Doberdò: Hungary plateau and the Isolated Tree

Almost a year after the outbreak of the First World War Italy joined fighting and was preparing an attack on the Isonzo front.

May 24th, 1915, the honvéd of the First Infantry Regiment arrived from Budapest in Doberdò; in a few weeks thousand other Hungarian soldiers followed them. They came from the capital and especially from Drebcen, Szèkefehèrvàr, Karánsebes (Banat, today is in Romania), Nagyvárad (Oradea, Romania) , Temesvár (in Romania) and in a small number also from other places of the vast  Kingdom of Hungary: Pécs, Sopron, Eger, Pozsony (today Bratislava in Slovakia).
During the first six Battles of the Isonzo (June 1915- August 1916) the 17th and the 20th Hungarian division had the task to defend the Doberdò plateau from the incessant Italian attacks. The Front shaped in horseshoe extended from the confluence of Vipava and Lisert of Monfalcone, through Monte San Michele, San Martino del Carso, the heights of Polazzo and the Karst edge of Redipuglia, Vermegliano and Monfalcone. As a result of VI Battle the Commander of the VII Austro-Hungarian corpus, Archduke Joseph August, ordered to his troops to withdraw from the territory of Doberdò and to take a stand on the other side of Dol.

The Hungarian cemeteries overflowing with fallen soldiers remained to guard the plateau, about ten thousand of them still hold in the Austro-Hungarian Cemetery of Fogliano-Redipuglia.

Doberdò, the country that summarize the whole of territory, in the imaginations of the Hungarian people still remains as an awful page, but at the same time glorious and almost mythical in its history. Even the sound of the word »Dobedò« evokes in the mind of the Hungarian people the incessant drum of the artillery fire (dob = drum). The » brutal massacre« of Doberdò, despite immense tragedy that represented for hundreds of thousands Hungarians, today it is perceived like a symbol of the »Great Hungary«, historical European state, that just during the Great War found the twilight of its existence together with the Austrian Empire.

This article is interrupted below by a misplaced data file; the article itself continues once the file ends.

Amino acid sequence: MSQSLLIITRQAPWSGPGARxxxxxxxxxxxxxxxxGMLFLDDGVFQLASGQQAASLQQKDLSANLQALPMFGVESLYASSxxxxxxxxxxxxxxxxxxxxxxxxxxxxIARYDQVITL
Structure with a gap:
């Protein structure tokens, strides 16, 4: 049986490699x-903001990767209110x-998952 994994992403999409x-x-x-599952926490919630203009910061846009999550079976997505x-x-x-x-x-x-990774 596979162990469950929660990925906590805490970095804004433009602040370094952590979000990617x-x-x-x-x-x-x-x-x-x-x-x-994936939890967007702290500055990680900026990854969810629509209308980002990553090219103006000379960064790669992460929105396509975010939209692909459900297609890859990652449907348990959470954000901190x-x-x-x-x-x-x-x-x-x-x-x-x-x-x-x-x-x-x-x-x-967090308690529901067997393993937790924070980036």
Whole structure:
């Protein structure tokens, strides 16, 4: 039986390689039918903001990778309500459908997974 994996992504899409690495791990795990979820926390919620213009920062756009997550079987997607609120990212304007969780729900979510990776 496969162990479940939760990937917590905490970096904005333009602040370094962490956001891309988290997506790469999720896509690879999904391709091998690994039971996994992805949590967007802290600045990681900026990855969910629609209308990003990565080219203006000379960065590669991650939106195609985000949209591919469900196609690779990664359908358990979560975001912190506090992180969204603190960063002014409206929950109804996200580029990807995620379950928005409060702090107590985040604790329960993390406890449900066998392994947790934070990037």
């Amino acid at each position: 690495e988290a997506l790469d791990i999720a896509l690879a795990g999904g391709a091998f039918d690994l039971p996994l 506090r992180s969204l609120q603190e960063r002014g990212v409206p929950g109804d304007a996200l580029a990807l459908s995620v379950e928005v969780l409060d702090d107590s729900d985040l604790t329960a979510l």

Hungarian itinerary on Doberdò Karst

1st Itinerary

Hungarian chapel and embrasures on Mountain Brestovec

On the 20th May, 2009, the Hungarian president Sólyom László inaugurated the restored Hungarian Chapel. After the Battle of Caporetto, the last of the XII battle of the Isonzo and the only one which was programmed by the Austro-Hungarian army, Hungarians could repossess the Doberdò plateau and rearrange the numerous cemeteries, that have been abandoned Italians more than one year before.

Of the numerous monuments built by Hungarian, nowadays only one is still remains: the chapel built by the 4th Infantry Regiment Honvéd nearby Visintini. The vast grasslands under the chapel are the only rests of the great cemetery of the 17th division K.uK. Leaving the car at Visintini and visited the chapel it could be possible to climb up on Brestovec (altitude 209m), home of an ancient castle from the Bronze Age.